In his fourth exhibition in Japan, artist
James Kudo captures two years of memories in his paintings and photographs.
In life we recount the past and observe what happens before us; here,
Kudo somaticizes all of the sensory, visual, and olfactory experiences
that permeate the physical and ludic space surrounding him. The result
is an intimate manifestation of his imagination, transposed through
the creative process.
It is as if his stray markings and scratches are the materialization
of these ideas, resulting from a brisk visit to these archives of the
past. They seem to recount and reaffirm the words of the Colombian author
Gabriel Garcia Marquez, who writes in his autobiography, ﾒLife is not
what we live but what we remember, and how we remember it to tell it."
Kudo often appropriates images and borrows stories from friends, recreating
in his own way the time and physical space of these past occurrences.
Based in Abstractionism, his completed works possess hints and shadows
that suggest that their execution had been interrupted.
In contemporary terms, the gaze is still primary and remains controlled
by the observer, who should complete or delimit the marks through an
act of invasive construction, based on his or her aesthetic and personal
perceptions; the works, then, are ﾒactions provoking reactions.ﾓ For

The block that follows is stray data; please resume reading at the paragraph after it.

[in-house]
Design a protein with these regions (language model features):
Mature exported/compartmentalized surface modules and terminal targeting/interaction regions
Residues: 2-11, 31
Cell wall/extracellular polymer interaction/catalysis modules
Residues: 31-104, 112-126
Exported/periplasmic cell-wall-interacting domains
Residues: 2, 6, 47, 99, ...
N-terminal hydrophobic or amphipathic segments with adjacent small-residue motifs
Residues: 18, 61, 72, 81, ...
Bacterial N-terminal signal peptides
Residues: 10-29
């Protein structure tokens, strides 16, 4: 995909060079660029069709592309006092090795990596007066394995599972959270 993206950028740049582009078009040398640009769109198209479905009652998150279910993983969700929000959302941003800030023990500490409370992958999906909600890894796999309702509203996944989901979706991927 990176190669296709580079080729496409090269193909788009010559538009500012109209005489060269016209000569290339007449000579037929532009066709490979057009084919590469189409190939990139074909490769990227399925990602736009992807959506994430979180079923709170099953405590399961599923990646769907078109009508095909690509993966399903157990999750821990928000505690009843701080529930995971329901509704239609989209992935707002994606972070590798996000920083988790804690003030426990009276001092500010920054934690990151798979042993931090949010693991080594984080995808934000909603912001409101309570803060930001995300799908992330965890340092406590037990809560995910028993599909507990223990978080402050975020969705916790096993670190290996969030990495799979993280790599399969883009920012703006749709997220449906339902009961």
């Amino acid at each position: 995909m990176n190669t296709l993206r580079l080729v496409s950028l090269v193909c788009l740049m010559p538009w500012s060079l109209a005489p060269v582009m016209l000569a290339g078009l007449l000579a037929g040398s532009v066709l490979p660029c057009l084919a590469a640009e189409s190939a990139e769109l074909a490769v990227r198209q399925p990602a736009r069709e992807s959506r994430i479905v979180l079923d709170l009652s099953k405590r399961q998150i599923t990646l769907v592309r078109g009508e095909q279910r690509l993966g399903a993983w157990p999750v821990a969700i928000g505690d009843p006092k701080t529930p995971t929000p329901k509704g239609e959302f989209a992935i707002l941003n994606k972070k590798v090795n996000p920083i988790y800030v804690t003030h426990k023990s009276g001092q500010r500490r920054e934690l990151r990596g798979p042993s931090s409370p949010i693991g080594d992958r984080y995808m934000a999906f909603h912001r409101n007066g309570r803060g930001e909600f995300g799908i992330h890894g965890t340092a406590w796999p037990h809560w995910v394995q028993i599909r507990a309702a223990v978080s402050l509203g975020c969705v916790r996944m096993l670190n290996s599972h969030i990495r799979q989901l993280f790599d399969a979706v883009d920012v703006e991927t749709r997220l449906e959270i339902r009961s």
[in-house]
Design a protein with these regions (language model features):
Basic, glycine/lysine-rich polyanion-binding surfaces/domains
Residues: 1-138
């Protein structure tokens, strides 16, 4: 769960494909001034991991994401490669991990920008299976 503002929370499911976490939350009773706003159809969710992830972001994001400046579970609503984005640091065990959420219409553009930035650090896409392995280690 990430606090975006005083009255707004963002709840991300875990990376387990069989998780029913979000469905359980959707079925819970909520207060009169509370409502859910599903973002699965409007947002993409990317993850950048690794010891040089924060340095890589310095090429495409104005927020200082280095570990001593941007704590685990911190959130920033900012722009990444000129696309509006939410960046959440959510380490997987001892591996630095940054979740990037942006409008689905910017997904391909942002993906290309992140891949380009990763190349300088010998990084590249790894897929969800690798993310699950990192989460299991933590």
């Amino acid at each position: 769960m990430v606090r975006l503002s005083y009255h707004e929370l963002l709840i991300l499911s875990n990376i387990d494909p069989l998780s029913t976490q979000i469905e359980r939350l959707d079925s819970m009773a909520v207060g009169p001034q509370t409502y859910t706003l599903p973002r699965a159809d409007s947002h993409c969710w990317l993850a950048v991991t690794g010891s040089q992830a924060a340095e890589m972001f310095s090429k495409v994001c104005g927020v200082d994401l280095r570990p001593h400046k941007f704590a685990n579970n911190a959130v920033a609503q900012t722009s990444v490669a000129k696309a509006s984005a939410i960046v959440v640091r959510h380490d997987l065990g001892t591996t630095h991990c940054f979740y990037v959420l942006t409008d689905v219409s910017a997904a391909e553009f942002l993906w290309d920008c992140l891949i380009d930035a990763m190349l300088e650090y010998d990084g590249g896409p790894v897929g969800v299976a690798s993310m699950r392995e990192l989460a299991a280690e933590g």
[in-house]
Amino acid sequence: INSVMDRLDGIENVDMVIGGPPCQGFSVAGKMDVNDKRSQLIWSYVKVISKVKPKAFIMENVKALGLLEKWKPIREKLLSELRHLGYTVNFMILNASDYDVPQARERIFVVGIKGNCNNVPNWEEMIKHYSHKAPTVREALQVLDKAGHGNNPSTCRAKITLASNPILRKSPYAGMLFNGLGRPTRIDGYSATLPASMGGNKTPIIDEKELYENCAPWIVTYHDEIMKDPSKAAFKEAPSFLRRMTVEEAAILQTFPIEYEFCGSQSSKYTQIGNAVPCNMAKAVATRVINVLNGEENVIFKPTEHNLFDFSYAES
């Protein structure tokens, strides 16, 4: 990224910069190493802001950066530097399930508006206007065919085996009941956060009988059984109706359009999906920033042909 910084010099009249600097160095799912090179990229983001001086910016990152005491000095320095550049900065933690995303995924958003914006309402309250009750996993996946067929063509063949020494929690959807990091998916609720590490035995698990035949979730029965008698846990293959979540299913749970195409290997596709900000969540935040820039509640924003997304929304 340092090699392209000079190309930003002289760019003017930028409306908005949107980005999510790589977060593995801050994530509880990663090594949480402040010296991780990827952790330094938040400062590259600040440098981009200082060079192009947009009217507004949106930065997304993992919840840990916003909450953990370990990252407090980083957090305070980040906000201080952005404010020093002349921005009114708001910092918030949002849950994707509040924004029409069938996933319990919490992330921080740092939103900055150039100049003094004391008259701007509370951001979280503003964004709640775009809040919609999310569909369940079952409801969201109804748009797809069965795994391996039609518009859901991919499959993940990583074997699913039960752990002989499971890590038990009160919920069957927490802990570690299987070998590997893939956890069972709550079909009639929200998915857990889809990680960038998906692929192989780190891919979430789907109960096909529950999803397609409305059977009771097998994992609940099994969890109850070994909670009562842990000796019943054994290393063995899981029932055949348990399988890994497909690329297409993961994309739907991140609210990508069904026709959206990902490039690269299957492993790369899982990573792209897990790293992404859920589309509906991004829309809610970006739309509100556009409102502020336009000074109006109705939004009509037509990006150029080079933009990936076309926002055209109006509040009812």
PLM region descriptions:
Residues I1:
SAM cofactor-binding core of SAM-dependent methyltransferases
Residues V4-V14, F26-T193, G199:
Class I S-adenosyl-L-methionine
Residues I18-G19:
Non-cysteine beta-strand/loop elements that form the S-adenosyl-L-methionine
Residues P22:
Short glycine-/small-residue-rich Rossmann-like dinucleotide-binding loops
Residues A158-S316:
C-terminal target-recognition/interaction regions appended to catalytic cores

the visitor, it is also inevitable that he or she will recall personal
events and think of moments that have passed by quickly, leaving (or
perhaps failing to leave) memories.
The artist seems to play freely with elements of diverse origins, such
as rocks that he collected in Germany, which are the focus of the black
and white photographs presented here for the first time in Japan. His
natural lines resemble unfinished drawings and seem to demand realignment.
Thus Kudo, by arranging them as if they were figurative drawings and
then recording them through the process of photography, confounds the
spectator with the mediums he uses.
In this experiment, there is no other sequence in which facts of the
past, present, or future can be arranged. Kudo appropriates collected
objects from distant places, produces them in his atelier, and presents
them in another site, adding an atemporal element to his artistic production.
The search for an artistic meditation without territorial restrictions
is nothing new to Kudo. In the past, he has worked with images sent
to him by German artist Stefani Peter, who in turn did the same in a
series of five photographs of predetermined sizes. What resulted was
presented in Canada this year and in Germany in 2002 in an exhibition
called ﾒBetween Hemispheres.
With simple, suggestive markings, the artist prompts the gaze with a
visual narrative, leading the spectator to his own recent and distant
memories, whether reluctantly or in a spirit of aesthetic cooperation.